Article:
ACCORDING TO THE BIBLE, WHAT IS THE PURPOSE OF BAPTISM AND MUST THE PERSON BEING BAPTIZED KNOW THAT PURPOSE?
“an appeal to God for a clean conscience” – 1 Pt. 3:21
Among churches of Christ, this is a question being debated. There are some preachers who are approving baptism even though the person did not know the Biblical purpose of baptism. These are people who were baptized “because the Bible said to” without knowing its purpose.
Just do it and don’t ask why. Let’s apply this to another Biblical to partake of the Lord’s Supper. Do people eat the bread without knowing the meaning or reason for doing so? You can imagine they do. But is this acceptable? Certainly not, but since it is done each Lord’s Day, the Christian can learn and partake of it next week for the right reason. When there’s a clear meaning or purpose to partaking, ignorance is not acceptable. The Lord’s Supper is a remembrance of something very important and it must be partook with this in mind.
What matters is sincerity, right? Where’s the example in Scripture of the sincere person who is saved when taught wrong? Apollos was a disciple and they were even called disciples in Ephesus but sincerity didn’t save them, Acts 19:1-6. They had to be rebaptized. These “disciples” believed in Jesus and got baptized, just like Jesus commanded, and since it was John’s baptism they received, it was also for forgiveness of sins. But God didn’t give His blessing on the basis of their sincerity. To say that a person’s baptism is valid even though taught wrong simply because they were sincere is presumptuous. Is it wise to grant that people are saved on a presumption?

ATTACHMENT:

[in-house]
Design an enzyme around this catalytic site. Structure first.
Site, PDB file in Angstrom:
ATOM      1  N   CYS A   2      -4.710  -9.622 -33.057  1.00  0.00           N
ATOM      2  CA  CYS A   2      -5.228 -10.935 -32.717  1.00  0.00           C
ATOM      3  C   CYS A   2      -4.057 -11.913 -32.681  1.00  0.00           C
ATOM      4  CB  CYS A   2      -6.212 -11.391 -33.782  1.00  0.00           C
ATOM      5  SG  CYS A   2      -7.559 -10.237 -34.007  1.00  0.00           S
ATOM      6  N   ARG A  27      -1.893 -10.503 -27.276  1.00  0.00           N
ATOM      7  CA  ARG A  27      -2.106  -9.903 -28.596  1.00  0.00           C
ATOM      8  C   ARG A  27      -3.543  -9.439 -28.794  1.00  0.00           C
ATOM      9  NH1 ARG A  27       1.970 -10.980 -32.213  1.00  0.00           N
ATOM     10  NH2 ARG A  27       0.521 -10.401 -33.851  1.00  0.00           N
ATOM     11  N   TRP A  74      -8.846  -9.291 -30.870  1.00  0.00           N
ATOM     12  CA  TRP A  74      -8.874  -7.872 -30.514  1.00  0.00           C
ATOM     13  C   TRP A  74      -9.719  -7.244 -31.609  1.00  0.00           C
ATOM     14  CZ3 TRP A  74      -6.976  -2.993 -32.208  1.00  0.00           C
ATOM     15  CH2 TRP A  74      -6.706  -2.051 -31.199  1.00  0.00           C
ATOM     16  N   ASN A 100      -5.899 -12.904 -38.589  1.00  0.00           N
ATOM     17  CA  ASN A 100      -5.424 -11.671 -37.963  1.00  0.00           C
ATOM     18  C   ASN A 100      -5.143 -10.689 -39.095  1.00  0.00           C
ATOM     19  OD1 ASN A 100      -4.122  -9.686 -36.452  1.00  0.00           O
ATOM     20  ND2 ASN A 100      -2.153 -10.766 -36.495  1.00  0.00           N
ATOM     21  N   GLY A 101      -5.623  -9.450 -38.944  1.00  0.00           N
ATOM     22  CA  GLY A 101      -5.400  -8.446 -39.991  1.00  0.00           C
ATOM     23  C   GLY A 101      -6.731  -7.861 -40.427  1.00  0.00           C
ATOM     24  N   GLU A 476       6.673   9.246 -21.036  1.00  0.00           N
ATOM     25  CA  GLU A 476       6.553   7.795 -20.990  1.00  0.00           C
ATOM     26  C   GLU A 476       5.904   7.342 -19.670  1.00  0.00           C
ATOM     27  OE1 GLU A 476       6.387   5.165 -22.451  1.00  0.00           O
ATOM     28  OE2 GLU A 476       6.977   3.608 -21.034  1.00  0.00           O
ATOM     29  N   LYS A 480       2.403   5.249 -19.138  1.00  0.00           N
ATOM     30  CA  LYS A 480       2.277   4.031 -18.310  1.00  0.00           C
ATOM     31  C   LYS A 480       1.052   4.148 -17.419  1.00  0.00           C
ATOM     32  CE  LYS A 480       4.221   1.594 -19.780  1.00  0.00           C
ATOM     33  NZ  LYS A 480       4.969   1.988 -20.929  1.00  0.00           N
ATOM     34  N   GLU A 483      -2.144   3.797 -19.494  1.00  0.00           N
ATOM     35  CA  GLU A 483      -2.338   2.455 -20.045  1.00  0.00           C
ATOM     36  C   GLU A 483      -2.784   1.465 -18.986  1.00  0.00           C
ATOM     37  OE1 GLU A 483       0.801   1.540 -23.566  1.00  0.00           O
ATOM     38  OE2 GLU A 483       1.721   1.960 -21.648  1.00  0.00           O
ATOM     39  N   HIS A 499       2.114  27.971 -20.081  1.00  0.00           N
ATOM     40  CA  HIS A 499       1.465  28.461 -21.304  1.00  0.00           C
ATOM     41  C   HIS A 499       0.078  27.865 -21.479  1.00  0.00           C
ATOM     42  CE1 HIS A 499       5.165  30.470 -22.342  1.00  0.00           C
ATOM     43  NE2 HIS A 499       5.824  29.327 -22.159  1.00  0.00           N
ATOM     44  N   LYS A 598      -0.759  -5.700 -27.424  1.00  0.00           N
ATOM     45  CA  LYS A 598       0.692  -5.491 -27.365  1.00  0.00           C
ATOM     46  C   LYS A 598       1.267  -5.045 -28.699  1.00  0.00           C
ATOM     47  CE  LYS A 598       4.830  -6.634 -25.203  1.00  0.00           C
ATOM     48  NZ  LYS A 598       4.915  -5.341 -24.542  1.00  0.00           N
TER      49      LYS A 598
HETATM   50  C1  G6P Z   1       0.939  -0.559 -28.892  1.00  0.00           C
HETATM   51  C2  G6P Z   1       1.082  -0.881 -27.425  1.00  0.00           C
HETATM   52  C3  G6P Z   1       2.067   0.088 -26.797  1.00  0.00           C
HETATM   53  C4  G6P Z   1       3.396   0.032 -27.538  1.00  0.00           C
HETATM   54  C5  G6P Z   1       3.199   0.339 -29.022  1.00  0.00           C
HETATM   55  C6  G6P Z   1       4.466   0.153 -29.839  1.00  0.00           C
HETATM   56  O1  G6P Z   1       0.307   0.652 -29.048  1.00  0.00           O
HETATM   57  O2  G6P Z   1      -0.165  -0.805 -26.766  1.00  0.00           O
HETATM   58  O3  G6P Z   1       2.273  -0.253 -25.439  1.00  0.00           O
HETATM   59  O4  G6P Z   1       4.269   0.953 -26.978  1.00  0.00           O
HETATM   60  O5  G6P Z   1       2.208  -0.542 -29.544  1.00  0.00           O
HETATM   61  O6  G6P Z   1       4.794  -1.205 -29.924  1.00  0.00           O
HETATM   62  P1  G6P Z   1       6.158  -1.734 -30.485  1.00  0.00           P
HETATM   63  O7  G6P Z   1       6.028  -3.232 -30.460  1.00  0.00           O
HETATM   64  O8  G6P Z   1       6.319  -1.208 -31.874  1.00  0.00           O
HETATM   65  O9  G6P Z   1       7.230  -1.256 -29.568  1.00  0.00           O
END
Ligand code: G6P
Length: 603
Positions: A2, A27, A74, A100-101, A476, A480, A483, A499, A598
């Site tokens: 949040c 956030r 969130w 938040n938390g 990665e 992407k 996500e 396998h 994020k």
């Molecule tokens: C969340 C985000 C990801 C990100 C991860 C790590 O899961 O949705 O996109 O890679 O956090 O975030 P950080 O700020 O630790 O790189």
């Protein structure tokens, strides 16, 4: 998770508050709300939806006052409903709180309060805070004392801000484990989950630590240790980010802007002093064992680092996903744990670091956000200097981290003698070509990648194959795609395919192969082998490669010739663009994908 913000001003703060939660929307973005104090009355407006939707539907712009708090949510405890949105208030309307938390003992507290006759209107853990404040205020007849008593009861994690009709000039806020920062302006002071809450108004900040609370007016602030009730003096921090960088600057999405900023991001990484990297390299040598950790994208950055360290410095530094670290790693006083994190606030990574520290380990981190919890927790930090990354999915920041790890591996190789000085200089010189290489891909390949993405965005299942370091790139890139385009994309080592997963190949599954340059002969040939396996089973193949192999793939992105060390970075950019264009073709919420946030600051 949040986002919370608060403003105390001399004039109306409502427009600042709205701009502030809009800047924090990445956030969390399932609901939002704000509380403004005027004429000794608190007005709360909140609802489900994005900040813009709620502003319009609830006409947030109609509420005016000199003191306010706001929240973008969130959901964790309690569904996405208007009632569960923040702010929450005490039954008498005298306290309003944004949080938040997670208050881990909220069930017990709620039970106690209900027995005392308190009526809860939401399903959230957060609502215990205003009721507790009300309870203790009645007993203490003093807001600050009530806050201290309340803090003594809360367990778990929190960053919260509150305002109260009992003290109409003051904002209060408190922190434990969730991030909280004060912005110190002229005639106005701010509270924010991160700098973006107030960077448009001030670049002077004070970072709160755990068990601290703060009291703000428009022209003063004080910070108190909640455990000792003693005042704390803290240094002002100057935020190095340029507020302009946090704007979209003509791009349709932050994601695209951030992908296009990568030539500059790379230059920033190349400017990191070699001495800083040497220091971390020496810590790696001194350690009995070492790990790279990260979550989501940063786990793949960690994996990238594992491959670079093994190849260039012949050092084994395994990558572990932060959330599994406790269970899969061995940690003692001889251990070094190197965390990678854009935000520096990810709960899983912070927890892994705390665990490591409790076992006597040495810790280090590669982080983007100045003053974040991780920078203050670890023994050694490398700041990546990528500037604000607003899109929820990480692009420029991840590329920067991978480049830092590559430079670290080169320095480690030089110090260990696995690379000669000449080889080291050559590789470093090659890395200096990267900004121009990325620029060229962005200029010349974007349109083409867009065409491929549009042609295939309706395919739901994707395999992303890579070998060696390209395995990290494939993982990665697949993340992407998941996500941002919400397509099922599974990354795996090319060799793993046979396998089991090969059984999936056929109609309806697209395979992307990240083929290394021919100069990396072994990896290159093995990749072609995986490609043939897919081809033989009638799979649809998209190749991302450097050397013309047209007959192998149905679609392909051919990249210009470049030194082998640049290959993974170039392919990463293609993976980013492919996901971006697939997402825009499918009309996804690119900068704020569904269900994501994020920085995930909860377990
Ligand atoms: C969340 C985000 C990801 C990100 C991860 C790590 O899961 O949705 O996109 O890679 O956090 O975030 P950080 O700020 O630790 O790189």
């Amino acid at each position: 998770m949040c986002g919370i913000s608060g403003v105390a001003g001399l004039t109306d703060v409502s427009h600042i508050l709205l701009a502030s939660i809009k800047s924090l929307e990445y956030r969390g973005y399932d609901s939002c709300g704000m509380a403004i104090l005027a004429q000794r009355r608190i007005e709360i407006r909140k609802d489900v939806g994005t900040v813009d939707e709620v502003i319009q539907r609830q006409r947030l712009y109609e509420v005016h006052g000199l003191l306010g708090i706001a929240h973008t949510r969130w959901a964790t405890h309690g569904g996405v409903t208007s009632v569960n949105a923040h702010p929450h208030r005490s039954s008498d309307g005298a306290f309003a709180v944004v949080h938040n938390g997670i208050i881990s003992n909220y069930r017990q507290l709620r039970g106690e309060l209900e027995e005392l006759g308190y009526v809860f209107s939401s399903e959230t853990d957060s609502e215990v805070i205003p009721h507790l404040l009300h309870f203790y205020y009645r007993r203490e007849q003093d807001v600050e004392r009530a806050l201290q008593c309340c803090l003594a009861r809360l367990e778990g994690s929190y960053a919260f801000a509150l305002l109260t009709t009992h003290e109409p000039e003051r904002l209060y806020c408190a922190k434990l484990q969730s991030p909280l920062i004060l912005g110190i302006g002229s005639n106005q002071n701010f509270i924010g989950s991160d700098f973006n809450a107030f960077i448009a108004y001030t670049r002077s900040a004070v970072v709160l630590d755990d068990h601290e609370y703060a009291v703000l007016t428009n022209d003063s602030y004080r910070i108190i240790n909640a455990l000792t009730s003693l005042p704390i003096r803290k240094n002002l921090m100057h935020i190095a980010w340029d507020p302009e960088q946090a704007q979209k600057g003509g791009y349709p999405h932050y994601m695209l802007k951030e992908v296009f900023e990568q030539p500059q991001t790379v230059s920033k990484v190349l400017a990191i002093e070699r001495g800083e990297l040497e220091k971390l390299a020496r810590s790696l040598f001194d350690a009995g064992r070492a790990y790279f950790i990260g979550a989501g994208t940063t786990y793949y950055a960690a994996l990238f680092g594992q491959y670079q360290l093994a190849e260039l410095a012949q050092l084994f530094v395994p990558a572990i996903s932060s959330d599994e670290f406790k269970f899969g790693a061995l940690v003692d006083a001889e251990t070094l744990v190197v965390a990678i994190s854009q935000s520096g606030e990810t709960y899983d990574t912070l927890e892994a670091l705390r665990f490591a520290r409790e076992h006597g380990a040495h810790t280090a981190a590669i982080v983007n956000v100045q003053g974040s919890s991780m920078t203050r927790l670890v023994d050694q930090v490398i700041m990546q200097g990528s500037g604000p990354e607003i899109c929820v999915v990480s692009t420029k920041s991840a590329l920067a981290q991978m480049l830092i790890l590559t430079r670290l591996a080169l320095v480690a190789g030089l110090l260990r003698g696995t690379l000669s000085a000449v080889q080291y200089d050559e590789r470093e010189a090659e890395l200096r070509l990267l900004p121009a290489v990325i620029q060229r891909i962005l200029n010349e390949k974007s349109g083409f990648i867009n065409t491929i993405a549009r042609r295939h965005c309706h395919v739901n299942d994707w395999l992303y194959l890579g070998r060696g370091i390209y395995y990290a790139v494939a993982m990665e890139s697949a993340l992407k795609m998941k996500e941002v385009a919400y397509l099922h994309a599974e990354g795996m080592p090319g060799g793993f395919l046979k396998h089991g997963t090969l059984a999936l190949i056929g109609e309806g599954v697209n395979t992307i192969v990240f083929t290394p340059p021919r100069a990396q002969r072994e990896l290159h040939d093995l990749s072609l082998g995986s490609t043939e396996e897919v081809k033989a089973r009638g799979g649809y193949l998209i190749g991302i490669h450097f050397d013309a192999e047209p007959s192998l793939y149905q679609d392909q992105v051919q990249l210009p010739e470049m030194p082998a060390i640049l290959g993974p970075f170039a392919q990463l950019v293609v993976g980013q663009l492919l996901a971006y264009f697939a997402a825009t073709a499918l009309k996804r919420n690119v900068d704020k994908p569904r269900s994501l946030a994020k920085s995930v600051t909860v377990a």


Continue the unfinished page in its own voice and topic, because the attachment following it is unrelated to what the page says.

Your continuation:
Most every religion teaches the importance of obedience. Baptizing adults is a step in the right direction, and we have to assume that any adult getting into the water must be doing it “out of obedience to Jesus.” But it is important to ask if God wants or asks for “obedience alone”? Someone will say, “But it’s not “obedience alone” because they do have faith in Jesus.” Do they? Do they have faith in Jesus’ words? Do they have the faith of the people in Acts 2:41? Do they have the faith of the Eunuch in Acts 8? Do they have the faith of Saul in Acts 22:16? No, those Biblical examples are of people who were taught the purpose of baptism and entered baptism with the understanding that they were lost and needed God’s salvation.
Imagine if Jesus commanded His disciples to eat some unleavened bread and fruit of the vine. And imagine that nowhere else in Scripture is the subject elaborated upon. If such were the case, then Christians would obediently eat and drink those items. They could even say they did it “in faith” because “Jesus said to”. But they wouldn’t know a meaning for it. Now consider that Jesus does say why to eat and drink these items and the the only proper reason for partaking of them is the reasons He gave. So if someone eats and drinks the emblems without knowing the reason Jesus gave, would you say it pleased God? How could you be sure to say yes? To say yes is to affirm what you don’t know. It’s would be presumptuous. Instead, what you should do is gently correct the person so that he partook of it in a way to please God. If last week he partook in ignorance and then learned by your gentle teaching the true purpose of the Lord’s Supper, then next Lord’s Day he would correct why he partook. Likewise, baptism is an act of faith in the saving power of God. And to receive baptism for the wrong reason, or for “obedience” alone, would be unjustifiable.
Look at the following verses:
“having been buried with Him in baptism, in which you were also raised up with Him through faith in the working of God, who raised Him from the dead.” (Colossians 2:12)